The run was excruciating.  I hit a spot between miles two and three when those doubts started creeping in again.  “What are you doing out here?  These people know what they’re doing.  You’re an elementary school teacher, not an athlete.  You are so not in their league.”  But I pushed those voices aside and put one foot in front of the other.

I kept passing an older man on the bike and the run.  And then he’d creep up and pass me again.  We swapped positions several times until we were side-by-side for the last mile.  After a terrifying swim, a wonderful bike ride, and five miles of flipping back and forth between physical and mental numbness and physical and mental pain, this man encouraged me through the last mile.  When I wanted to slow down a little on the final hill, he told me to pick it up.  When I wondered if I could make it, he told me that I could.   We crossed the finish line together and ended our brief friendship with a high five.  A total stranger.  But I’ll never forget him.

I was pleased with a time of 56:09 for the 10k run.  Heck, I was pleased just to be done running.

It was terrible, horrible, and incredible all at the same time.  But the most wonderful moment was the moment when it was all over.  Not only had I accomplished my goal of finishing the triathlon, but I finished way sooner than I had hoped at 2:48:49.

And THAT is incredible!

Your Comments

16 Comments so far

  1. Courtney says:

    YOU DID IT!!! Yaaaaay! :)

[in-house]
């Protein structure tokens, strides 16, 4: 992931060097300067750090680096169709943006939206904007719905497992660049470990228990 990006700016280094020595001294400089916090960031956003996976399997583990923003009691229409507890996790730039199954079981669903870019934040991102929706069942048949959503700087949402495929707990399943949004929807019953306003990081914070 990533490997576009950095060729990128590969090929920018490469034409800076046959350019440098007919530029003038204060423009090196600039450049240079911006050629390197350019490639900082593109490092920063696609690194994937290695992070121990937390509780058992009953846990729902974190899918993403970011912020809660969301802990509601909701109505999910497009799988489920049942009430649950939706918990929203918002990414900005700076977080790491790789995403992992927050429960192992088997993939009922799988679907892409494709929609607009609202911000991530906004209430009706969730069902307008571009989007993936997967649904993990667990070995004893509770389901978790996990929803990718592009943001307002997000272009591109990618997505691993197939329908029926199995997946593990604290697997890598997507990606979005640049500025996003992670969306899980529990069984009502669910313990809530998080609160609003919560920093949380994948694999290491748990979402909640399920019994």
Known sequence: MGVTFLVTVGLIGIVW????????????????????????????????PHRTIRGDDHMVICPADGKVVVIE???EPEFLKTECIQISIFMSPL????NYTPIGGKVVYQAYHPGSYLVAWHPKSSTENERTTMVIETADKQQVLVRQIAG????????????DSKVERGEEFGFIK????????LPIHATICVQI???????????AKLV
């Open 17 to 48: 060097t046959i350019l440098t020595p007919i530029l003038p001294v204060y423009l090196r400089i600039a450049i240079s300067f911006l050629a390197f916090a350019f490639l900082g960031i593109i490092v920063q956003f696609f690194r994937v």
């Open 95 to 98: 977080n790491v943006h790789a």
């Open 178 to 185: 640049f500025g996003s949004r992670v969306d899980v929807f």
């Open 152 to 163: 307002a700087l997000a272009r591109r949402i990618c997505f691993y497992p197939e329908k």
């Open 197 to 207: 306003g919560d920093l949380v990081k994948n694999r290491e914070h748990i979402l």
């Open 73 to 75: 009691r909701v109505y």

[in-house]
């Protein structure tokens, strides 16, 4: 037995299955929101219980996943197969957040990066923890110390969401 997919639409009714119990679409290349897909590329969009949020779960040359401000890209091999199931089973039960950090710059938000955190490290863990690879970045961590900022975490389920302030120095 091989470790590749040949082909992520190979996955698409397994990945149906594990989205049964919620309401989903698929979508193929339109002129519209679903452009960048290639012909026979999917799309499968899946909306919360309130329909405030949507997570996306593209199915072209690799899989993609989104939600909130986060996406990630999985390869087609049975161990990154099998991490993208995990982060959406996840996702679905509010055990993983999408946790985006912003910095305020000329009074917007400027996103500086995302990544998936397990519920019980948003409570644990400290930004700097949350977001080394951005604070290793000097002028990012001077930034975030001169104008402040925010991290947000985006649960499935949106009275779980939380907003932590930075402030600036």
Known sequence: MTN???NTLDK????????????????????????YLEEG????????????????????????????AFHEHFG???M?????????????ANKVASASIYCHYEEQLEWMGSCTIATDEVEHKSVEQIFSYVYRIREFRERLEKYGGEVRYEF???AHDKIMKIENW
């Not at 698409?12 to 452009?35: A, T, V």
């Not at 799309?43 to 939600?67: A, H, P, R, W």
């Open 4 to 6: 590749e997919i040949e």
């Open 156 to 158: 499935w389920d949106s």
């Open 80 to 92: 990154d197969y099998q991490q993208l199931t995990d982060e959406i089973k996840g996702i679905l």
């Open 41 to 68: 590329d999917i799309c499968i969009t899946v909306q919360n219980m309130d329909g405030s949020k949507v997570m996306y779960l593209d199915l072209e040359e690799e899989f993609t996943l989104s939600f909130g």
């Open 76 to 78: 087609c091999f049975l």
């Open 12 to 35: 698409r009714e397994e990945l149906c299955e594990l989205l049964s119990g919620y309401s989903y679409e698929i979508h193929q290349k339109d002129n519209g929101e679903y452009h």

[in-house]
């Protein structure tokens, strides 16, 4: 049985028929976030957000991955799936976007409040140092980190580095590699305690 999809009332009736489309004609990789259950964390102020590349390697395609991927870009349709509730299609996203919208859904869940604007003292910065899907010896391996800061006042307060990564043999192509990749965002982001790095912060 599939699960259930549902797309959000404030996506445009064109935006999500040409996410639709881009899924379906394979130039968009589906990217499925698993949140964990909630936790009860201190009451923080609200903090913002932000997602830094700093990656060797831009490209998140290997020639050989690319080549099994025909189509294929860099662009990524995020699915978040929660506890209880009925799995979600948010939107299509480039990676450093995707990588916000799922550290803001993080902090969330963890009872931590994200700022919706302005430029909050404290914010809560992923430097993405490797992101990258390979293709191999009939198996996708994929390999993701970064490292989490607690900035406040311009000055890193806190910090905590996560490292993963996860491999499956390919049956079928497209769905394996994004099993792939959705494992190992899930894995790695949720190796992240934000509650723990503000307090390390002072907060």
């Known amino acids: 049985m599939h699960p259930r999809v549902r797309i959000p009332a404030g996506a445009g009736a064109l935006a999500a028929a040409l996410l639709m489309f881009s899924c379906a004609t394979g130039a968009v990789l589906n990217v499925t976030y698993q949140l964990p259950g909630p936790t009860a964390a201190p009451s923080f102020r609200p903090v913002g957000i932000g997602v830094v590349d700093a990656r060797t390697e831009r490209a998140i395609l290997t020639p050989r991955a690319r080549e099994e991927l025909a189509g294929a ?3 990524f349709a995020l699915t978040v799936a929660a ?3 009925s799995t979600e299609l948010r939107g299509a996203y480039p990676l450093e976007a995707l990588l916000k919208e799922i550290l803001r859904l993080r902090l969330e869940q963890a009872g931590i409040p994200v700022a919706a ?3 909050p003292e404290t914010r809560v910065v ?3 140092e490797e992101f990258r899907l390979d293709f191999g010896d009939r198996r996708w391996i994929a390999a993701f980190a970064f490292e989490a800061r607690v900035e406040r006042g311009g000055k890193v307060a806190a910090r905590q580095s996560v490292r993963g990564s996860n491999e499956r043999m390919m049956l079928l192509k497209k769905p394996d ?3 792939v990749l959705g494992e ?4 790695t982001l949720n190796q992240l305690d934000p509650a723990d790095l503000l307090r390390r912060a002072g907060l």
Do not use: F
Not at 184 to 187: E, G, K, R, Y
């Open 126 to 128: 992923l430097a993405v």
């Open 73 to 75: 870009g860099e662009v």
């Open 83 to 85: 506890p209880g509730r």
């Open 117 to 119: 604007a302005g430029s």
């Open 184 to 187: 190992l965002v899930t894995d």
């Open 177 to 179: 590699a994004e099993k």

2. KarenP says:

    Yay!!!!! Jumping up and down and cheering for you!

  3. Brittney says:

    You have me in tears!!!! What a strong, courageous, awesome woman, you are! What if, what if, that old man who was such a source of encouragement for you was an angel! I’m sure he was!

    I am blessed to call you “friend”.

    <3 Brittney

  4. Pam says:


    I am proud of you!

    If you want the rainbow, you gotta put up with the rain.
    – Dolly Parton

    ……. Heather, you got a rainbow!

  5. Mom says:

    Awesome, Heather! I’m proud of you.

  6. AnnMarie says:

    You are incredible!!! Congrats! So inspiring!!! :o)

    • Heather says:

      Funny, you inspired me! I was thinking of you and your encouragement this summer while swimming (or dog paddling).

  7. Ann Pinder says:

    Heather the promise of “I can do all things through Christ” was so apparent in your words and pictures. I so enjoyed seeing it while sitting in my chair!

  8. Wendy says:

    Congrats! I always love reading your posts. Your story is a huge inspiration!

  9. You were and are amazing, Heather! These photos are all great, too. :-)



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A Curious Girl in the Gluten-Free World

I'm a curious girl, wife, teacher, fitness fanatic, gluten-free foodie, high-raw vegan, and Mama Cat living in NYC. I've made the transition from baking and cooking gluten-free to creating raw vegan recipes that are naturally gluten free. My gluten intolerance opened up my diet to a whole new world of nutritious plant-based foods. While I'm not 100% vegan, it's my favorite way to eat, and making and sharing raw foods makes me giddy. Living in the City has its joys and challenges, and I enjoy sharing my experiences with you.